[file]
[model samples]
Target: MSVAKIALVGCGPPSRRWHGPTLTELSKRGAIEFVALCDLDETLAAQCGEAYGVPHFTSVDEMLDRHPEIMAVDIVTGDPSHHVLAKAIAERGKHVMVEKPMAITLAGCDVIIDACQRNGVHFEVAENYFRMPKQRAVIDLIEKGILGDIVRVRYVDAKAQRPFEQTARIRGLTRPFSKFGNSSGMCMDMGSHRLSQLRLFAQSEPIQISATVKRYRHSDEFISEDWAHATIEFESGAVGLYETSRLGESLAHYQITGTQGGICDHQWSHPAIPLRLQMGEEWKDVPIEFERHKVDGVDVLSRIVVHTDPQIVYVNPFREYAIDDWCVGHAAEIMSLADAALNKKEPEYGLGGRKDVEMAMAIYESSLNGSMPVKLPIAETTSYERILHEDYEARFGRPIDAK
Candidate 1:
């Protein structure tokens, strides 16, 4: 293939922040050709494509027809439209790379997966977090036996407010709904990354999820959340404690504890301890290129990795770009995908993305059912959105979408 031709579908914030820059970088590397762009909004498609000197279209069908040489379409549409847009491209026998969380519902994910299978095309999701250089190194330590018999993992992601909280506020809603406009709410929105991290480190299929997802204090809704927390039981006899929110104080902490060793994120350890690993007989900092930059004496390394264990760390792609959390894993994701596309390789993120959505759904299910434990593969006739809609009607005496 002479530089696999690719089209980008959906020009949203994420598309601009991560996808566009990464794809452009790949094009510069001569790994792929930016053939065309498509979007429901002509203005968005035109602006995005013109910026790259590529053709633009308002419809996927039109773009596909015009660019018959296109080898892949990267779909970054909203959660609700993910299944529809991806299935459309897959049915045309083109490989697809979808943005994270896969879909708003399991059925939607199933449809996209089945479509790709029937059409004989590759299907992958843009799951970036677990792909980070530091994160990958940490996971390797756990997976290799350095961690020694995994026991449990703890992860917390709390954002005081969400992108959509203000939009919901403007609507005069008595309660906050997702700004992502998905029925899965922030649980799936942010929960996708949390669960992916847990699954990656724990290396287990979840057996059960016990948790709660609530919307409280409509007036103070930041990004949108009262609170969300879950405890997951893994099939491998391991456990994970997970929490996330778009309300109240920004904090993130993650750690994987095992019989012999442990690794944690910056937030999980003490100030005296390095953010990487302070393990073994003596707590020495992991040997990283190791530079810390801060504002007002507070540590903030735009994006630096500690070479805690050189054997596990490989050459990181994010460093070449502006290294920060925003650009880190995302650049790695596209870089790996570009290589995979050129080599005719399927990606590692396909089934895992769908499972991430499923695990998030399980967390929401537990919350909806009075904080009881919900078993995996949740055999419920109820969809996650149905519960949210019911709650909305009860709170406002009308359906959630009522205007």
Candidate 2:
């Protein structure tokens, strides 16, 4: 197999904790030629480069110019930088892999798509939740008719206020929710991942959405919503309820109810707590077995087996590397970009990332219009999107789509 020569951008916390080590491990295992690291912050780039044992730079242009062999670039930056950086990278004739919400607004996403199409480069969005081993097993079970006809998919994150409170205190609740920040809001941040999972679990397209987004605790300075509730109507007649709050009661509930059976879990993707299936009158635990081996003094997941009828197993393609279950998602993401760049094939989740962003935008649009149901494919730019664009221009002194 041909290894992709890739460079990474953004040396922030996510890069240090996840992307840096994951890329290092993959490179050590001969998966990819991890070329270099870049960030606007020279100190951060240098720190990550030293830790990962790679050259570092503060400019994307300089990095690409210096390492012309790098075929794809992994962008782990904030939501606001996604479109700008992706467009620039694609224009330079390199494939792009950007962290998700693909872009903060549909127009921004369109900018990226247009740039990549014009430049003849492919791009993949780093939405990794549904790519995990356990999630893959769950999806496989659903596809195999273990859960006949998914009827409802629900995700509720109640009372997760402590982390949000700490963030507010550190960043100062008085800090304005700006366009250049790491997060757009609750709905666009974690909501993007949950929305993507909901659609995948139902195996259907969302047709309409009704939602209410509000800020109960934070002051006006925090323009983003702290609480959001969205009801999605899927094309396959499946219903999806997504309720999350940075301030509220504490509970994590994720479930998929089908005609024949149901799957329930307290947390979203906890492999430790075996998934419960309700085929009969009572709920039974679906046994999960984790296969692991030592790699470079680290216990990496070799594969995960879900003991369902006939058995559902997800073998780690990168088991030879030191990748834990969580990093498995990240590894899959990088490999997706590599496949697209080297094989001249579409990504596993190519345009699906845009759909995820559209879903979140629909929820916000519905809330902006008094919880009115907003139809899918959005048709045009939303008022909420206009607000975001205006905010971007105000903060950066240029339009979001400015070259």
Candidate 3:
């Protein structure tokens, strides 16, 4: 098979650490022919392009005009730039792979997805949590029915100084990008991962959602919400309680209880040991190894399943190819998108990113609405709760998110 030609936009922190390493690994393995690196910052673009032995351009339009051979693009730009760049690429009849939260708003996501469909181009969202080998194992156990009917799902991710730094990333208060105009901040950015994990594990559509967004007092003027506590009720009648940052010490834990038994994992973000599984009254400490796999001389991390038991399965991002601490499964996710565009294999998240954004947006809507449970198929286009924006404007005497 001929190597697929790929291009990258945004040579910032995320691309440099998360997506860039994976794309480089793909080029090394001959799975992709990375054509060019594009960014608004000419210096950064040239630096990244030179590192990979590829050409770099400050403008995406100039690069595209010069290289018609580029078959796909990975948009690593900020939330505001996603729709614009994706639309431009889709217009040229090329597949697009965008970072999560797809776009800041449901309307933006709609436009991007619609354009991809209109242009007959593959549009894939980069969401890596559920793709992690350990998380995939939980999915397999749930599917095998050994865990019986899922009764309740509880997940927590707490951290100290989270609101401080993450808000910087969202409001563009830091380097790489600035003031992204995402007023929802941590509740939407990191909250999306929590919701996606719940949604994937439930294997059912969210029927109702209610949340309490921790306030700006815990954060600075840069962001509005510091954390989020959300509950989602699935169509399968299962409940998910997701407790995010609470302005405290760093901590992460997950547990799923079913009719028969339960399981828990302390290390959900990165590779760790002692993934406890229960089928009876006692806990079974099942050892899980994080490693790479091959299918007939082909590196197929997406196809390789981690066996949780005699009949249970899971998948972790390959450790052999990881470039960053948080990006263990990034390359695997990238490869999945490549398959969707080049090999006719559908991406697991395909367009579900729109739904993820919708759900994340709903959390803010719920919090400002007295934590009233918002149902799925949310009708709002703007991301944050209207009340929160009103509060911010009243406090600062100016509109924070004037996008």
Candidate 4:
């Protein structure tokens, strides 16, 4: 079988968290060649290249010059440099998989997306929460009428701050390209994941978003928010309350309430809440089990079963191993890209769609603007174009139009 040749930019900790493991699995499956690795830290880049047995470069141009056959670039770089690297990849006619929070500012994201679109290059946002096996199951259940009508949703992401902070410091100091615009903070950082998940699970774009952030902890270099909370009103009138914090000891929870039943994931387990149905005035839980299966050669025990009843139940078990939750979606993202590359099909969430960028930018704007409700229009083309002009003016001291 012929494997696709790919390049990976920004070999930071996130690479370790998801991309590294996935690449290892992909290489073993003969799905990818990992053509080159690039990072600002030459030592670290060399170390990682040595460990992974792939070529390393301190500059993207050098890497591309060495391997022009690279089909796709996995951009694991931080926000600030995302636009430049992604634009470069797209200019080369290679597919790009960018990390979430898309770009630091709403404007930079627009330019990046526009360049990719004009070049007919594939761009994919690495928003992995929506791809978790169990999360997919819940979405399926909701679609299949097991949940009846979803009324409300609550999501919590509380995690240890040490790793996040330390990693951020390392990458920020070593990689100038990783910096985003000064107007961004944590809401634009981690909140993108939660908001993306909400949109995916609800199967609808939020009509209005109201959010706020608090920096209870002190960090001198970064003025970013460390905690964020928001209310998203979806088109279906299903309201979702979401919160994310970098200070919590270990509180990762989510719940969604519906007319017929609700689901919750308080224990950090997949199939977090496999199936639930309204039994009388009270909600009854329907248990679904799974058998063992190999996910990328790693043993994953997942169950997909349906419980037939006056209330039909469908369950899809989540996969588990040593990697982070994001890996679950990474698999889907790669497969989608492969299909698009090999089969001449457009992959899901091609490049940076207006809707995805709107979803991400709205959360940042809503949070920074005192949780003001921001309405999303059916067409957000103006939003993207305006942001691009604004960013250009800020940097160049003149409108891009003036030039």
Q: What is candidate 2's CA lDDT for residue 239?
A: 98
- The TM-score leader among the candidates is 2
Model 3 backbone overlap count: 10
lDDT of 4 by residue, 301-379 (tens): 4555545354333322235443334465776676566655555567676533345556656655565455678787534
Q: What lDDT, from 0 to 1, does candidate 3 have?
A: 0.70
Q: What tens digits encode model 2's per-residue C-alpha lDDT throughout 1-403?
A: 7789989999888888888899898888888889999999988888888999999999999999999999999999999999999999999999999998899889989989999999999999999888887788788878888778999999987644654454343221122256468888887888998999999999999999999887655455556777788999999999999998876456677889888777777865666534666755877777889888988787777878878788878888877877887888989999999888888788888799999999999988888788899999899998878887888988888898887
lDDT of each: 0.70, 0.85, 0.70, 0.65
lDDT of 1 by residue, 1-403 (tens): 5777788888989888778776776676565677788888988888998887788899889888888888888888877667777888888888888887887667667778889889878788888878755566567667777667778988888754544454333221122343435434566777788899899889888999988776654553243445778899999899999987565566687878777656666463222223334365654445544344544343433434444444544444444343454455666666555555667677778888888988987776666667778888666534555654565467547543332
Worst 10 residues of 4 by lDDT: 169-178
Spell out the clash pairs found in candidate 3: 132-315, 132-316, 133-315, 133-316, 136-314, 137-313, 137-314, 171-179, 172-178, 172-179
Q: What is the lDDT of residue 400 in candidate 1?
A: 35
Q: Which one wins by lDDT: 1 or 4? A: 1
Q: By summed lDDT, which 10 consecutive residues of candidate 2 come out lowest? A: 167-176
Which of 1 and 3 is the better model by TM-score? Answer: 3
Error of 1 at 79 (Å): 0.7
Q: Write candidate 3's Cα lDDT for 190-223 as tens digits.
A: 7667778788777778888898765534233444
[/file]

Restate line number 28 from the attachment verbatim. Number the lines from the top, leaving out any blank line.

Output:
Which of 1 and 3 is the better model by TM-score? Answer: 3